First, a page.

Seeking to address its thorniest Asian problem - the specter of a Korean peninsula studded with North Korean nukes - the White House has quietly achieved what months ago seemed impossible: a broad agreement among Asian states to lock elbows diplomatically and face the isolated regime of Kim Jong Il.
But North Korea has also done what had previously seemed impossible. Over the past six weeks, the Stalinist state has quietly glided past a "red line" no one imagined even six months ago, essentially now declaring itself to be a nuclear-weapons state.
At all three points of official contact between the US and North Korea since October - the most recent being a congressional delegation to Pyongyang June 1 - the North has stated it has active nuclear programs that can be used to create weapons of mass destruction.
It has also been vague about its willingness to participate in future meetings in multinational settings, something the White House requires. In an unusual break with tradition, Washington is hoping Beijing can persuade Kim Jong Il to meet in a follow-up to talks between the US, China, and the North in April.
Still, as a senior Asian diplomat here says, "I find it hard to visualize how North Korea can come up with a plan, and agree to back down, at a table with five or six other representatives. The US and North Korea are going to have to talk face to face at some point. China's role is now crucial, if not the key to avoiding larger problems later."
In the past month, the White House has shored up its own position. In one-on-one meetings with South Korean President Roh Moo-hyun, Japanese Prime Minister Junichiro Koizumi, and new Chinese President Hu Jintao, the White House has sold its long-held view that only through a united front can diplomacy succeed against Mr. Kim's expertise in driving wedges between allies, sources say.
Despite divisions in US ranks over how to treat with North Korea - between hard-liners and super-hard-liners, as one analyst describes it - the White House for now is willing to apply a combination of carrots and sticks to test the possibility of getting Kim Jong Il to abandon his nuclear goals. Later this week in Honolulu, American, Japanese, and South Korean officials will meet to refine this approach - including discussion of how to "dry out" the North's cash flow through efforts to stop its drug and counterfeiting trades, as the senior Asian diplomat puts it.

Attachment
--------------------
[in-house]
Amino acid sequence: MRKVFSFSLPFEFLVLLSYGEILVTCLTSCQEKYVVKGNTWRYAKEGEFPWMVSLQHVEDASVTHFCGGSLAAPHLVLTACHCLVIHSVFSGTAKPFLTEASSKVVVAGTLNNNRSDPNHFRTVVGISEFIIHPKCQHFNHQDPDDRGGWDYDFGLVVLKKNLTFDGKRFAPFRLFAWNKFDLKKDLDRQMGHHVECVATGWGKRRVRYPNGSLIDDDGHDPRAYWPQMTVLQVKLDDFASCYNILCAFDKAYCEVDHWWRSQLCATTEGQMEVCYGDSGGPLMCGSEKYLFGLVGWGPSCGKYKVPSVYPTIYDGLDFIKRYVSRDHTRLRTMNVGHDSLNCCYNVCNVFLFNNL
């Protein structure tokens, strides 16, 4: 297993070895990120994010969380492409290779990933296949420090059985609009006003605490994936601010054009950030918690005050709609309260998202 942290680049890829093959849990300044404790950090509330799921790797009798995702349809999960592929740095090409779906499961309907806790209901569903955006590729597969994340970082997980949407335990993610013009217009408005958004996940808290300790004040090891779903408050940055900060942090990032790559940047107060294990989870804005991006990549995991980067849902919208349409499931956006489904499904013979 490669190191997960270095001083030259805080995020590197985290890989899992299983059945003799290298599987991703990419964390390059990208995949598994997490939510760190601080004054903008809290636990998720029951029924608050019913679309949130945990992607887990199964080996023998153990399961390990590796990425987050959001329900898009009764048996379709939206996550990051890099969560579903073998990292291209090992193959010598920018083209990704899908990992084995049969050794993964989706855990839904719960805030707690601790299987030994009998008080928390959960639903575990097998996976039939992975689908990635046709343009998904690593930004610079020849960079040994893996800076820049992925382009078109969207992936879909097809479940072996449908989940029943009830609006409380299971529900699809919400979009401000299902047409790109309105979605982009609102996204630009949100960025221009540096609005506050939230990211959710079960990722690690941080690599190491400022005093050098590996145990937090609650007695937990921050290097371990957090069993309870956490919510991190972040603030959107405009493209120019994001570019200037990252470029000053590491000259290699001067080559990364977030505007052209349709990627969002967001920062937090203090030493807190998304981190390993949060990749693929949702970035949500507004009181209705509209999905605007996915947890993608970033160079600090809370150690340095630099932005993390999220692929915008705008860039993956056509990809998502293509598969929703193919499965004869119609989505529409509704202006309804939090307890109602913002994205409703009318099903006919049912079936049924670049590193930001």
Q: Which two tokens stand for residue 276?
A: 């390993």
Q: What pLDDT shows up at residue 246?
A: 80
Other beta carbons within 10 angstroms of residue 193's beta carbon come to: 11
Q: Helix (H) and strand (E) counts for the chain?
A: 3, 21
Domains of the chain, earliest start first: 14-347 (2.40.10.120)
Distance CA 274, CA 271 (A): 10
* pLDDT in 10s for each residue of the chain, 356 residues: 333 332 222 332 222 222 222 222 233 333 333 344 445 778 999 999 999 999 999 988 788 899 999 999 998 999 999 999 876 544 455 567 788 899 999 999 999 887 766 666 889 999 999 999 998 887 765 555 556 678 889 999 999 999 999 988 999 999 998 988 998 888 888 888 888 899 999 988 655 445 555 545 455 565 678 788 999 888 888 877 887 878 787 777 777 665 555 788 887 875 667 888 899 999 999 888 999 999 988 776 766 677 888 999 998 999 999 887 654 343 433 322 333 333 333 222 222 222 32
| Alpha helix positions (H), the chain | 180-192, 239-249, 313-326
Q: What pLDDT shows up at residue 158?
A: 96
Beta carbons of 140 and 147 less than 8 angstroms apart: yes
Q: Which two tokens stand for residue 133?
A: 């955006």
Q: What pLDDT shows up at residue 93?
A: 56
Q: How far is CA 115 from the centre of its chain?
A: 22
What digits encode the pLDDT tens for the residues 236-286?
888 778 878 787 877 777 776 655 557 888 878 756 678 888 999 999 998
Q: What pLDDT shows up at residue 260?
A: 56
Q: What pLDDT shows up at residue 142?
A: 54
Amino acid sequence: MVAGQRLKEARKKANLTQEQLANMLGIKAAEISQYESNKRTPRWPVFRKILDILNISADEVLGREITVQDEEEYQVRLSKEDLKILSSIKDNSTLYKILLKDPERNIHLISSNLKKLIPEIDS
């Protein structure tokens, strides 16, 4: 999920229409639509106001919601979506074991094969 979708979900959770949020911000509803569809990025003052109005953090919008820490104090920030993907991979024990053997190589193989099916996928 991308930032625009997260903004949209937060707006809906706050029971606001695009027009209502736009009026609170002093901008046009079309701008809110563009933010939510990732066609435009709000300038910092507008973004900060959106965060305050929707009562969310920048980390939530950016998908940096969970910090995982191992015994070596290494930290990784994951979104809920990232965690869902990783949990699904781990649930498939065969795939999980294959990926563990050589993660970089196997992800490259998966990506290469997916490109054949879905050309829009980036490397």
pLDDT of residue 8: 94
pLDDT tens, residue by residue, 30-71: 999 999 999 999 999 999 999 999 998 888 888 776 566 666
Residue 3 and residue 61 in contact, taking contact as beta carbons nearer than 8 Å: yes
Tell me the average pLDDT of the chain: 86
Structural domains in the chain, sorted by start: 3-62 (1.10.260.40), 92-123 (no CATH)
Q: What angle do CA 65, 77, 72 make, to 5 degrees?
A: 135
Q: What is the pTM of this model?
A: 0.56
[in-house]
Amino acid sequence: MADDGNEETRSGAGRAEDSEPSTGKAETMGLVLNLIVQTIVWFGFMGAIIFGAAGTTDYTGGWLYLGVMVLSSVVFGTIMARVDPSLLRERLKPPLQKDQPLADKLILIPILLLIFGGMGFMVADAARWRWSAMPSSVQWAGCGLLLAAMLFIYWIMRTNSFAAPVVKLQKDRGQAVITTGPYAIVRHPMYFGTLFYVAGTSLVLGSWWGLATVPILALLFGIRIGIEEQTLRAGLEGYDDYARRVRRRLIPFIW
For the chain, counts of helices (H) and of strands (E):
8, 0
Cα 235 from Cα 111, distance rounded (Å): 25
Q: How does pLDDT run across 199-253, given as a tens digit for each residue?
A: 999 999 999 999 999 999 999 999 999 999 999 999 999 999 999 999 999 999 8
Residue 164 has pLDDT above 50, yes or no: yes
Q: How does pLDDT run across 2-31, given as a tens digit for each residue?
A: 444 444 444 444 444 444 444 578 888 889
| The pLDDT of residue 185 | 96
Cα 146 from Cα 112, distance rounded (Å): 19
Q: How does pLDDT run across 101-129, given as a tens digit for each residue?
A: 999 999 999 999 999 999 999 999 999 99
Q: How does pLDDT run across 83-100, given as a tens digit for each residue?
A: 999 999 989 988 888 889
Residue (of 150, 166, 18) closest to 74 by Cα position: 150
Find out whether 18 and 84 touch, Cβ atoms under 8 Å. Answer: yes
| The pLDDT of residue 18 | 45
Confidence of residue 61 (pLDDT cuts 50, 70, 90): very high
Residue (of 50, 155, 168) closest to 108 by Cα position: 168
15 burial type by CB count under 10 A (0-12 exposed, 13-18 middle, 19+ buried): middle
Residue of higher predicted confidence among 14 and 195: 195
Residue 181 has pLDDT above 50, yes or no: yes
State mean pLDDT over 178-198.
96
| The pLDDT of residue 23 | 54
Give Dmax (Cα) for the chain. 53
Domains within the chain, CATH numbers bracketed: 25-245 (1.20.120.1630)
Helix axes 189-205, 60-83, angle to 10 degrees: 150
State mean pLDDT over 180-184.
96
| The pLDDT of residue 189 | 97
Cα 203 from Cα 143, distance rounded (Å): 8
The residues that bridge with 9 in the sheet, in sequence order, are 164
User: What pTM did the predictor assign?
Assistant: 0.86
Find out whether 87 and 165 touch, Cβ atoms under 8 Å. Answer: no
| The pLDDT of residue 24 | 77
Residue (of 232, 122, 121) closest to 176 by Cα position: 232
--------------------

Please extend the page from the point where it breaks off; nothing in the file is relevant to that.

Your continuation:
Still, many longtime Korea hands and Asian officials worry that, despite talk of diplomacy, North Korea and the US remain on a dangerous and unpredictable path. The North's latest tactic of declaring nuclear status, even if proved to be a bluff, is especially troubling, since it paints the regime more deeply into a corner. North Korea's main desire is survival of the Kim regime, yet the open push toward nuclear weapons is giving ammunition to hard-liners in the US and elsewhere who desire "regime change" in Pyongyang.
Well-placed sources point out that the North in recent weeks has been alienating many of the strong supporters it used to have in China and Russia. Wang Yi, for example, long a formidable presence in the Chinese foreign-policy structure who sided with the North, has reportedly backed away from his old position.
"China has been gradually adopting the idea that only multilateral talks can solve this dispute," argues Zhang Liangui, a professor at the Communist Party School in Beijing. "The North has publicly declared it owns nuclear capability in the [Beijing] trilateral talks, and this is something that bears on China's national interest as well."
During the three-way talks in Beijing, a North Korean diplomat stated with Chinese officials present that the North is reprocessing plutonium fuel rods that had long been under observation by UN inspectors. North officials also said in the meeting, and repeated last week to the delegation headed by Rep. Curt Weldon (R) of Pennsylvania, that even if it achieves a diplomatic deal, it wishes to keep some weapons-grade material.
Since October, North Korea's nuclear aims have flummoxed US diplomats and Asian leaders. The US and the North have been at loggerheads, while Kim Jong Il has steadily adopted a nuclear posture by kicking out UN inspectors, unsealing 8,000 plutonium fuel rods, and conducting a steady drumbeat of threats. The resulting crisis is the worst in Korea since the early 1990s, and has started a new military rhetoric of self-defense in Japan, caused a sharp trade and investment decline in South Korea, and created a vexing challenge to US leadership and security roles in the north Pacific.
In addition, it comes as the US conducts a global force realignment that has high significance for Asia, and Korea in particular. The Pentagon is moving rapidly to shut down some two dozen small bases along the demilitarized zone established after the Korean War. The US troop presence is likely to be smaller and to be concentrated in two "hubs" at Osan and Taegu, below the Han River. The changes are in keeping with the flexibility and rapid reaction strategy favored by the Pentagon; US military officials use a football metaphor, saying they would much prefer to act as a linebacker moving up and down the DMZ in case of an attack. The move is sensitive in both Koreas, since Seoul desired changes only after the nuclear issue was resolved, and experts say Pyongyang could interpret the changes as a prelude to US punitive attacks should diplomacy fail.